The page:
But this didn’t stop the government renewing contracts with both Serco and Deloitte. In October, Serco was awarded an additional £57m to provide Covid-19 test centres; and earlier this month, Open Democracy revealed that £338.8m has been given to Deloitte for test and trace (although no contract for this or any specification for the services procured has been published).
The Labour Party, having seen some of the documents held by the Good Law Project, is now demanding an investigation into a leaked dossier according to the New European. Shadow cabinet office minister Rachel Reeves has been leading the charge and yesterday tweeted
Unsurprisingly, Boris Johnson’s response to all this is to say he is “proud” of the way the government got supplies of PPE at the start of the coronavirus pandemic, according to the BBC. And on the Andrew Marr programme yesterday, Chancellor Rishi Sunak said “I’m not going to apologise for us acting in that way” when asked about whether the purchase was a misuse of public money to buy face masks that don’t work.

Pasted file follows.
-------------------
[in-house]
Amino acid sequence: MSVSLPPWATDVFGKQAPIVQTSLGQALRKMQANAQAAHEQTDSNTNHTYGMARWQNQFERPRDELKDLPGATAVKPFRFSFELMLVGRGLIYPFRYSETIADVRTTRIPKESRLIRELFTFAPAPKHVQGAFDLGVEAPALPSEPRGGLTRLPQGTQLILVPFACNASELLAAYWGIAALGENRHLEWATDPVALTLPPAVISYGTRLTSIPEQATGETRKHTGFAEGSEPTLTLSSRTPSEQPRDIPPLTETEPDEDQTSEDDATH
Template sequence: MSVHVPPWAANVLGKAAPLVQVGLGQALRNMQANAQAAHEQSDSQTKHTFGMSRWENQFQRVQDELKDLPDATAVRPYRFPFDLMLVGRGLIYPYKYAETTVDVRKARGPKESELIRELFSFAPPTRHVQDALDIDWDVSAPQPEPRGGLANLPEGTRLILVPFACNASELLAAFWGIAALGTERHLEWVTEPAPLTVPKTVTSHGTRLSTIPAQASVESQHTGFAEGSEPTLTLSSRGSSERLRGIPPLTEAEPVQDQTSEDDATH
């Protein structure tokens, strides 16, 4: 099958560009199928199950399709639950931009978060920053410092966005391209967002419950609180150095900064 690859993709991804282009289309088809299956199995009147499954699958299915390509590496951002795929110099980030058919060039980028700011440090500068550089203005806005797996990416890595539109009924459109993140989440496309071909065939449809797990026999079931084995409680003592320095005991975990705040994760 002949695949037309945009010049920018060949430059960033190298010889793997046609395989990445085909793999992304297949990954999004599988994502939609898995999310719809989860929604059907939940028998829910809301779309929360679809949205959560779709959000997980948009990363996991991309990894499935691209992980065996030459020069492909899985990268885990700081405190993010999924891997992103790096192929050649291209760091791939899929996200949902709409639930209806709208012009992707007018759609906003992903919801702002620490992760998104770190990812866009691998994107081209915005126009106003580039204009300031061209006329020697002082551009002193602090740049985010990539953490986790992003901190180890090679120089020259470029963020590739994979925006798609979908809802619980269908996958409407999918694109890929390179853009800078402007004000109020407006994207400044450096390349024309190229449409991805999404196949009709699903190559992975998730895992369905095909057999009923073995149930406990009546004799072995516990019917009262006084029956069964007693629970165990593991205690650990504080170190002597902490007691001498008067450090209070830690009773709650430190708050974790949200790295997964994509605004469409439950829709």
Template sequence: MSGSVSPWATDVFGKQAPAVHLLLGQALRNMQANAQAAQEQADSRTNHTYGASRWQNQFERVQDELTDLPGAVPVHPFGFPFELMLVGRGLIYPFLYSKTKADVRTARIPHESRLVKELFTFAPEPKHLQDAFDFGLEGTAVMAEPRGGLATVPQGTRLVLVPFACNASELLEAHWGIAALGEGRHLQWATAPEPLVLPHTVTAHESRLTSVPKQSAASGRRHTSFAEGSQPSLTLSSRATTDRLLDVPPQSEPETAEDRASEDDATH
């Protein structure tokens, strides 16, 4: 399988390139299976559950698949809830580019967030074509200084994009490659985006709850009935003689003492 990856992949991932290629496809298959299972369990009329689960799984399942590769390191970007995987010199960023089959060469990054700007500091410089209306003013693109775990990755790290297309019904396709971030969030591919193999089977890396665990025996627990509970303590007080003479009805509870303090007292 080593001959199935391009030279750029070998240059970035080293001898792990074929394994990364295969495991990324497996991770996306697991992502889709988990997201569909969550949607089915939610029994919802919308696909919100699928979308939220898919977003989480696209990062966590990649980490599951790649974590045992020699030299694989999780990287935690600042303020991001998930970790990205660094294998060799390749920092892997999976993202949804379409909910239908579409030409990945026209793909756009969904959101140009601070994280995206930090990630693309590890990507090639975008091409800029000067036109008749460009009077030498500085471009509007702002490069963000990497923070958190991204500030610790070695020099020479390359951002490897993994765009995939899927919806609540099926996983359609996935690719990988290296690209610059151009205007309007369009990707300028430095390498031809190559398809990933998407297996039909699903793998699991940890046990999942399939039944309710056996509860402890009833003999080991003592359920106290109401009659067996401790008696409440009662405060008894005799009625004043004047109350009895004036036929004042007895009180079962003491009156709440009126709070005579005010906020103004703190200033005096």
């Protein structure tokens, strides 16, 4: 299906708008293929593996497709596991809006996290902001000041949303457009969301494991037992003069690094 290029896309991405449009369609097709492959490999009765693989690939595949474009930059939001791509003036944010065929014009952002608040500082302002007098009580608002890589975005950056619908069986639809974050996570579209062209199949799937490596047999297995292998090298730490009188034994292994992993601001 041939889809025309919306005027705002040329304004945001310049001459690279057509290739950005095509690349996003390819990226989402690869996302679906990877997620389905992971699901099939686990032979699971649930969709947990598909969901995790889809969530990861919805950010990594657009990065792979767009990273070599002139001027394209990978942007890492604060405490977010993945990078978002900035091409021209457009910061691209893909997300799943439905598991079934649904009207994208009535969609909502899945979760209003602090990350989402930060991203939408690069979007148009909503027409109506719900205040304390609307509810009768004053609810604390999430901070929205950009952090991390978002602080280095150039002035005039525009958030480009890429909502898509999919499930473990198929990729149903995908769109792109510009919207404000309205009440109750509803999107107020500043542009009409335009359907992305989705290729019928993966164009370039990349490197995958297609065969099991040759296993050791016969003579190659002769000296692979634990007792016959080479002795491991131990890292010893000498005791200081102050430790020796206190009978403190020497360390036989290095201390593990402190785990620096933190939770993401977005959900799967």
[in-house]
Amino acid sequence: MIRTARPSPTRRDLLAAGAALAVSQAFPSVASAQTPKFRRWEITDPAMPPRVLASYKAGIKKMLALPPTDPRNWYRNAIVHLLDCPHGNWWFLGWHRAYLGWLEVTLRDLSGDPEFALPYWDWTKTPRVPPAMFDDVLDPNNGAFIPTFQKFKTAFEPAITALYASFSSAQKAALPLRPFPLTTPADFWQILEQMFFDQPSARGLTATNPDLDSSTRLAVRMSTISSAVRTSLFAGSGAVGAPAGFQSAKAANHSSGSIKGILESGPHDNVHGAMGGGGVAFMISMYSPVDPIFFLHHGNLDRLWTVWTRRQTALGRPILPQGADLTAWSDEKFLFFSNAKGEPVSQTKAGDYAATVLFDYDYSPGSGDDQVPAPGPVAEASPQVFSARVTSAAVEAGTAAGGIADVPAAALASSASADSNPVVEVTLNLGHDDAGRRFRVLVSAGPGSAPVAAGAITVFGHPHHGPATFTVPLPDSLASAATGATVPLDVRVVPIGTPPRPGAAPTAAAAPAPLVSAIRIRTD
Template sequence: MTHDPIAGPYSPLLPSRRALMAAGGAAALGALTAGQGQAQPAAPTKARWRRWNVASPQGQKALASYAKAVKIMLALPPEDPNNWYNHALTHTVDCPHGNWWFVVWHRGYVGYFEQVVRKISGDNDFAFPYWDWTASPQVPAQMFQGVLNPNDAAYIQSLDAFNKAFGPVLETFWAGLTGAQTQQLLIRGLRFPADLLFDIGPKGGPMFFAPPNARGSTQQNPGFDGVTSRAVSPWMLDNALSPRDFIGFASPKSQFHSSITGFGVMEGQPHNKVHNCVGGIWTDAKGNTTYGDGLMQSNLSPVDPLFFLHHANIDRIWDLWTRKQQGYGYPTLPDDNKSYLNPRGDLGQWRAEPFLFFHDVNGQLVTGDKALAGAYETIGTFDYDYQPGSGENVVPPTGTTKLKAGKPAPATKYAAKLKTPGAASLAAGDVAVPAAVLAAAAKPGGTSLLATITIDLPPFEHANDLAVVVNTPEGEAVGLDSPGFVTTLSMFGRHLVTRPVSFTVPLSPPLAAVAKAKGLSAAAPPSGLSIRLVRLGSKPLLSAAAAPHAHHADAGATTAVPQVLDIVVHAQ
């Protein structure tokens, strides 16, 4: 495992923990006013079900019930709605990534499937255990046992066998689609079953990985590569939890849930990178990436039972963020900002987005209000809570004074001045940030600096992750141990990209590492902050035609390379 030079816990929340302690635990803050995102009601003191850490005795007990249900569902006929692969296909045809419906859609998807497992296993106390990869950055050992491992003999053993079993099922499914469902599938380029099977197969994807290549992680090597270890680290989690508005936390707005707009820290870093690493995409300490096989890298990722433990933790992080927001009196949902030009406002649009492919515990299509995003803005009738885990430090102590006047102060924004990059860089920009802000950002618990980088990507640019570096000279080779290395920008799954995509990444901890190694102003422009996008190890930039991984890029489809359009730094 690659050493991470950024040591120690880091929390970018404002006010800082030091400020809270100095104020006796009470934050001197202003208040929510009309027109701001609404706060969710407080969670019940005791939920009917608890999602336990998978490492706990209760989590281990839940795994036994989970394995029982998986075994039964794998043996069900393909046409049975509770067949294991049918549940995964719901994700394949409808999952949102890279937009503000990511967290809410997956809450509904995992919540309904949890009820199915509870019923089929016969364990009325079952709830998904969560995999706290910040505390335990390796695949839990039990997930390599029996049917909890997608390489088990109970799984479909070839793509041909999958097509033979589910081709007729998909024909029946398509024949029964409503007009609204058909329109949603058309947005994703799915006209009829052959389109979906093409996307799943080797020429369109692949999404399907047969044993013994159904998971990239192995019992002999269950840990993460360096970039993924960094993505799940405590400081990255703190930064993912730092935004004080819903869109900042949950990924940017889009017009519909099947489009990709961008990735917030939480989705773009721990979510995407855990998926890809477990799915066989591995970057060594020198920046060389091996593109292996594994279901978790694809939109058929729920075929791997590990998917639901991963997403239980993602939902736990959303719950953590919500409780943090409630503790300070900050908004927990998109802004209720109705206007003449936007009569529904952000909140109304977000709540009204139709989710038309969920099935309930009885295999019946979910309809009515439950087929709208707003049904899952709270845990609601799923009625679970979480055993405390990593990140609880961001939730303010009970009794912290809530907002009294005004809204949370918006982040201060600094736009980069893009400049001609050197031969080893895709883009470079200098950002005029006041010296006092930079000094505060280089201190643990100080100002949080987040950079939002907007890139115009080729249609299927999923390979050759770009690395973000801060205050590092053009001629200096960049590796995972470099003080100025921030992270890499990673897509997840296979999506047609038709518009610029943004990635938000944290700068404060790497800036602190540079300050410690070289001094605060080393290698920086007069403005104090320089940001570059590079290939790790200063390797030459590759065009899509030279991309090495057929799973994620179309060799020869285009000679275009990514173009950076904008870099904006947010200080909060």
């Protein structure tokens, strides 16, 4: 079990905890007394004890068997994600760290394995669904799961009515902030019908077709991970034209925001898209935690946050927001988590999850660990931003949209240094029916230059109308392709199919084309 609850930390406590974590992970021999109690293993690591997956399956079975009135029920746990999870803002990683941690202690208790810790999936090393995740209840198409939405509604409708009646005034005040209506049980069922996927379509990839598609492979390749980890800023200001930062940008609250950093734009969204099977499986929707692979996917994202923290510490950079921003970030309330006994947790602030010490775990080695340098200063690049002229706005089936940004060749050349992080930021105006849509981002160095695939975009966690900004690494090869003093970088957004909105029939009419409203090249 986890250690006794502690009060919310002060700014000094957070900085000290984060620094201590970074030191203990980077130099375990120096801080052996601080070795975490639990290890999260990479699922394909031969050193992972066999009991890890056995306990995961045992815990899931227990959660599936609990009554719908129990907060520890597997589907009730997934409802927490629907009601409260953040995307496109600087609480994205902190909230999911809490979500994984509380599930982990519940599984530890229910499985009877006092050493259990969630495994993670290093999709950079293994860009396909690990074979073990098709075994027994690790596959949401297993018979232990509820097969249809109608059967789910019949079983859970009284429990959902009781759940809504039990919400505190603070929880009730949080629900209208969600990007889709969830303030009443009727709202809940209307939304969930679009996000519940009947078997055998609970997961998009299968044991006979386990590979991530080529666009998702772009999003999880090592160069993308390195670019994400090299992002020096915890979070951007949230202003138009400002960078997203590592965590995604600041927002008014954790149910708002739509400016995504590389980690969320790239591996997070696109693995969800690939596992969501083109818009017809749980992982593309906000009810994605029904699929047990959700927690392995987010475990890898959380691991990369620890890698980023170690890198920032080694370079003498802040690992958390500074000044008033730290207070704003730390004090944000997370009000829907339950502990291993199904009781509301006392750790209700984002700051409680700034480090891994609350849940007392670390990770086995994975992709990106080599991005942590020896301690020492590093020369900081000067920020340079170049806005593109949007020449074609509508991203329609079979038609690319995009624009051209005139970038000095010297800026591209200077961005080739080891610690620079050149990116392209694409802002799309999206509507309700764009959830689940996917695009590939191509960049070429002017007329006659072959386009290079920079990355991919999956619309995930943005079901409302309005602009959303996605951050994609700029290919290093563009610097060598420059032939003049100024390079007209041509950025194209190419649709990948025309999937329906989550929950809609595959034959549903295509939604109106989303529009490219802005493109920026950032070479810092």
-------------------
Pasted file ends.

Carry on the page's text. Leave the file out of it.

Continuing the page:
Today, the prime minister will make a series of covid-related announcements, including plans for a three-tier system for England once the national lockdown ends on 2 December. He is desperate to regain some positive news coverage after what can only be described as a miserable seven days – Cummings leaving, a new dose of quarantine, a self-inflicted gaff on devolution, the NAO report on procurement, and Pritigate. And that was the week the PM was hoping things might be turning a corner!
The prospect of a vaccine is welcome – not least to a beleaguered prime minister. But he has to reassure an increasingly sceptical public that when this programme is rolled out, it will bear none of the hallmarks of test and trace fiasco. As more evidence comes to light of the extent and reach of the chumocracy, there needs to be a concerted effort to make sure a mass vaccination programme is undertaken in public and by public agencies. It is after all the public’s money to be spent for the good of the public – not to line the pockets of the government’s mates.